It had been a relaxing and productive Sunday.
I was ecstatic from getting my laundry room cleaned and organized after looking at the piles grow for weeks. I kept running back in there just so I could see how neat and tidy everything looked.
I was excited to finally finish the fall placemats I had started sewing at least 10 years ago. Sewing mitered corners and then attaching it around the main body of the placement was trickier than it looked.
And the whole time, I just kept feeling wonderful. When things are organized and I’m creating, all is right in the world. When those things have been on my list for some time, it makes it that much better.
As I flitted back and forth between the iron near the sewing machine and stealing peeks at the laundry room I kept telling myself, “See how great you feel? You should do this more often! Just do it! Don’t procrastinate and wait for the perfect day to do everything.”
That’s when the lights flickered.
For the first time.
Then they flickered again, just a second later. And the PBS special on the Roosevelt’s resumed while I busily ironed the interfacing to the back of the placemats.
I went back to sneak a peek at my gorgeously arranged room, in time to change out the laundry. Just then, the lights flickered again. And then they went out.
CRAP! It was pitch black. I couldn’t see a thing, and there were countless chair and table legs between me and matches.
Less than 30 seconds later, the power was restored. But I knew something was up.
Still, I went back to ironing so I could complete my sewing project. Within minutes, I had already forgotten about the five warning flickers. I went into my bedroom to find more fabric that I needed, when POOF! After two more flickers, the lights went out.
This time, something told me they weren’t coming back on within seconds.
Groping around the dark, I was determined to find what I was looking for by feel (and the glow of someone’s laptop screen in another room that running by battery). I went about lighting candles and getting things situated for bed since it was close to 10pm.
Giving up on the lights, I blew out the candles and decided to just read on what battery was left on my Kindle app. Coincidentally, I was reading about how to tune in to the things around you, so you could find and relish in those quiet moments and messages all around.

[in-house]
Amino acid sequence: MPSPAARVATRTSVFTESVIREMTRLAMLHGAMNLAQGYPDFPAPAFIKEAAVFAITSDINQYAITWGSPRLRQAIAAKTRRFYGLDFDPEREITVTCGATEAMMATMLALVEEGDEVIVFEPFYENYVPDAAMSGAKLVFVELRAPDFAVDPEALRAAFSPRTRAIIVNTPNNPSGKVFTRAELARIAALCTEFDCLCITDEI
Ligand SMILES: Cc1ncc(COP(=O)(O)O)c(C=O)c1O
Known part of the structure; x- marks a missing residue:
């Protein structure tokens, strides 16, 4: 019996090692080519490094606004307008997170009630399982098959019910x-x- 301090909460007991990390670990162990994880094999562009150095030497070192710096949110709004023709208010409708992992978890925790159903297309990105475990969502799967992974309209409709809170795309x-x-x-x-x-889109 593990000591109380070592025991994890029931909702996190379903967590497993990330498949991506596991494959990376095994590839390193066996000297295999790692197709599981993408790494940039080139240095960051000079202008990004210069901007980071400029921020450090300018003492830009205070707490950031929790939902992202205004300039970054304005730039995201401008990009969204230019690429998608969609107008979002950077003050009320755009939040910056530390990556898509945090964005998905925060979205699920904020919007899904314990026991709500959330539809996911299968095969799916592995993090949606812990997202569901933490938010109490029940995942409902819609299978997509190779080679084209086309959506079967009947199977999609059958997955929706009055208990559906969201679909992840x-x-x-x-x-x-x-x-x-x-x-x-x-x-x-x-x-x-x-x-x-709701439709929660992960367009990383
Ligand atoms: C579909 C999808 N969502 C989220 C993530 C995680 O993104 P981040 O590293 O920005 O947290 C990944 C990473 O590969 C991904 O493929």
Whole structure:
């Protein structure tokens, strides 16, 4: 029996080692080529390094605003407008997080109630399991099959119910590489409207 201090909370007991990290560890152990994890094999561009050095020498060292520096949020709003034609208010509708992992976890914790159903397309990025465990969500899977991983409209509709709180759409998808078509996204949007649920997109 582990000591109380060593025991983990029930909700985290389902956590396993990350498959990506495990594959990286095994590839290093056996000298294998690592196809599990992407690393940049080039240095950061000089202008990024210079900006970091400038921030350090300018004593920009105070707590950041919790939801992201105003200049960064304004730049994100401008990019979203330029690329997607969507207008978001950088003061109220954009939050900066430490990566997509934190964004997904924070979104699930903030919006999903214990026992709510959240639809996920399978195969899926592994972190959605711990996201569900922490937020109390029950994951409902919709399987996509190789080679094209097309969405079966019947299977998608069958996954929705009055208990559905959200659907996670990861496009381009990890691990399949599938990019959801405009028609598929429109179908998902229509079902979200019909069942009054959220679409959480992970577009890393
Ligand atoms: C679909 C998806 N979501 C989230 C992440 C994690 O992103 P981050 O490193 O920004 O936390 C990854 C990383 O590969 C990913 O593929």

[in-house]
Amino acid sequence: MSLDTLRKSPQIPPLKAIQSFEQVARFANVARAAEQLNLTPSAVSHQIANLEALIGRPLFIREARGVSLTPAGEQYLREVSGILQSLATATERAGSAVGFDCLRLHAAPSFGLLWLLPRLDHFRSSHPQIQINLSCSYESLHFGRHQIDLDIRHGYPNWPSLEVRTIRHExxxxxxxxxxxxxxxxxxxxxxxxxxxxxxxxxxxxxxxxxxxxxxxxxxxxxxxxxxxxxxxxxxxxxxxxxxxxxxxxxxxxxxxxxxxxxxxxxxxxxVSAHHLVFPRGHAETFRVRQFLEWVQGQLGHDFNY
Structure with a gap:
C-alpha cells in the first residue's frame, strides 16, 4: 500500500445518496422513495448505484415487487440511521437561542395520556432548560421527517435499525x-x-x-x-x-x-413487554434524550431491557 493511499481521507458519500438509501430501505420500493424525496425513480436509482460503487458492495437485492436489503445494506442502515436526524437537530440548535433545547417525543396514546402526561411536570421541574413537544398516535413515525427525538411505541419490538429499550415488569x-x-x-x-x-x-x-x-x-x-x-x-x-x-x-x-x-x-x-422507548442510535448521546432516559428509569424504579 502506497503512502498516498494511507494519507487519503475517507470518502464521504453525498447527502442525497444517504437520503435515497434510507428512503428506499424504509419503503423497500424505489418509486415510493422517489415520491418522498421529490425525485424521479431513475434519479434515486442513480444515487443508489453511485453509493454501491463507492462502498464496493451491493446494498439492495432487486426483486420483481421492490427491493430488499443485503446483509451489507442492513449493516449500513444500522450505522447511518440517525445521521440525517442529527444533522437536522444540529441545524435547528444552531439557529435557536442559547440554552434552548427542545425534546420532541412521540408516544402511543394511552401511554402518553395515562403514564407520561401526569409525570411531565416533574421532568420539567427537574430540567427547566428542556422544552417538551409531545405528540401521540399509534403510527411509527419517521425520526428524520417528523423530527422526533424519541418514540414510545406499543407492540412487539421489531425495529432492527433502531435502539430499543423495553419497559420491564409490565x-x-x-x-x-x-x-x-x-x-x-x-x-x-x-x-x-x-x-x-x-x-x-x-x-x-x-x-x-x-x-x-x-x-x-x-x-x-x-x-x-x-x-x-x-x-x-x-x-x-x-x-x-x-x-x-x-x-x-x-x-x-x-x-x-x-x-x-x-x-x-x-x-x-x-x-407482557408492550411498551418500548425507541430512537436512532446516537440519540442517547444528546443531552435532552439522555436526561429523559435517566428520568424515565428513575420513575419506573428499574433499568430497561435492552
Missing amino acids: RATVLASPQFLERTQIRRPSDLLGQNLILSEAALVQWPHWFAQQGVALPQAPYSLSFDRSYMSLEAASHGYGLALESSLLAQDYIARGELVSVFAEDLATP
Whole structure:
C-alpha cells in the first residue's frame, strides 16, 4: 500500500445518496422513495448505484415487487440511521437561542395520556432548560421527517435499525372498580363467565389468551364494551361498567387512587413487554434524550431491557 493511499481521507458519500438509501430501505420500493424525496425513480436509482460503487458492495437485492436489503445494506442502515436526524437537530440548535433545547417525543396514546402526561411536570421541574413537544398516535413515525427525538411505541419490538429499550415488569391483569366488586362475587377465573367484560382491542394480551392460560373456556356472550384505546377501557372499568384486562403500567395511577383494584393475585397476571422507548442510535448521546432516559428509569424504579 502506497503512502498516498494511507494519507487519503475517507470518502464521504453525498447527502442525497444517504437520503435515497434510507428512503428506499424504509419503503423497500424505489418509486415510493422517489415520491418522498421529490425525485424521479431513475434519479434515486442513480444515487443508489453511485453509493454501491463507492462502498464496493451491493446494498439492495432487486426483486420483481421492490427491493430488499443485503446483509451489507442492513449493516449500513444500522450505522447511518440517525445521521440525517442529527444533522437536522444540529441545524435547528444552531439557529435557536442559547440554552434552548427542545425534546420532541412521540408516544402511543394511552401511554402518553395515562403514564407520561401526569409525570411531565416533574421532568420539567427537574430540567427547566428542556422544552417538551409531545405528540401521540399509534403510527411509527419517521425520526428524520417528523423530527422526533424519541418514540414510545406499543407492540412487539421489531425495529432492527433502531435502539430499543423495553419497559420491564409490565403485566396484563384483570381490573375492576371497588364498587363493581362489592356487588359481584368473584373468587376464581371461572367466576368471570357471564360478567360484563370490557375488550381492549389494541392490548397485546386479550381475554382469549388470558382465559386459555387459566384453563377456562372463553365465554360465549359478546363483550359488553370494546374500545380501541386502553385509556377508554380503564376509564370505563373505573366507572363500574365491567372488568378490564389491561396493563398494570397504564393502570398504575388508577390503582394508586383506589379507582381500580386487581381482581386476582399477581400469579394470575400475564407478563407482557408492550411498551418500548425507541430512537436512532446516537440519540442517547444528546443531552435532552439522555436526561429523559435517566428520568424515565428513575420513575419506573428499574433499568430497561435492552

I tried not to think about the pitch blackness that surround the house.
I tried not to think about how eerie the street looks when there is absolutely no light coming from anywhere.
I tried not to think all of my bad dreams and fears that involved the dark, and instead to focus on my reading, giving thanks for the Kindle app so I could read even when there was no electricity.
As my eyelids fluttered closed, the tiny part of my brain that was still awake kept noticing the rain. It wasn’t any louder than normal, but because everything was silent without electricity, I noticed how it sounded against the windows.
I heard the rustle of the dry leaves as they brushed against each other and then fell down to the ground.
I noticed the sounds of people in the house falling asleep and being still and quiet.
And that’s when I learned it: the sounds all around us can distract us from what is peaceful. Those seemingly subtle hums from refrigerators and heaters and fans and TV’s and computers muted by closed doors can keep us to from hearing the soft things that restore peace and comfort.
Despite my fear of the dark, I felt so calm and relaxed as my sense of hearing picked up and took over for my diminished sense of sight.
In our crazy, busy, stressful, anxious world, it is easy to get so caught up in things. Not even the big things, but just the daily tasks of cooking, cleaning, going to work, or getting ready for bed. It’s easy to tune out the small things that can restore that sense of peace, and cleanse the worries around us.
One of the basic anxiety techniques that I share with my clients is: utilize your five senses to help soothe your frazzled nerves.
Take a deep breath.
- What do you hear when you get quiet and pay attention? Tiny chirps from the birds? The hum of your phone right before new texts comes through?
- What do you see when you stop being preoccupied with your thoughts and fears? Reminders of things that you have accomplished? Photos of loved ones who are just waiting to connect with you again?
- What do you feel against your skin? A scratchy wool sweater or a smooth, cold floor under your feet?
- What do you smell when you inhale deeply? Fresh rain? Lemon cleaning products? Fabric softener?
- What do you taste when you stop and pause for a second? The lingering onions from your pizza at lunch? Chocolate from the piece you unwrapped without thinking during a tense moment?
The next time you're feeling especially tense, frustrated, nervous, scared, or even angry, take a moment to notice those “small” things around you.
Or, for the gold star, try to build something into your routine that allows you to take a moment to just concentrate on those treasures that only stand out when we darken the effects of other stressors in our lives.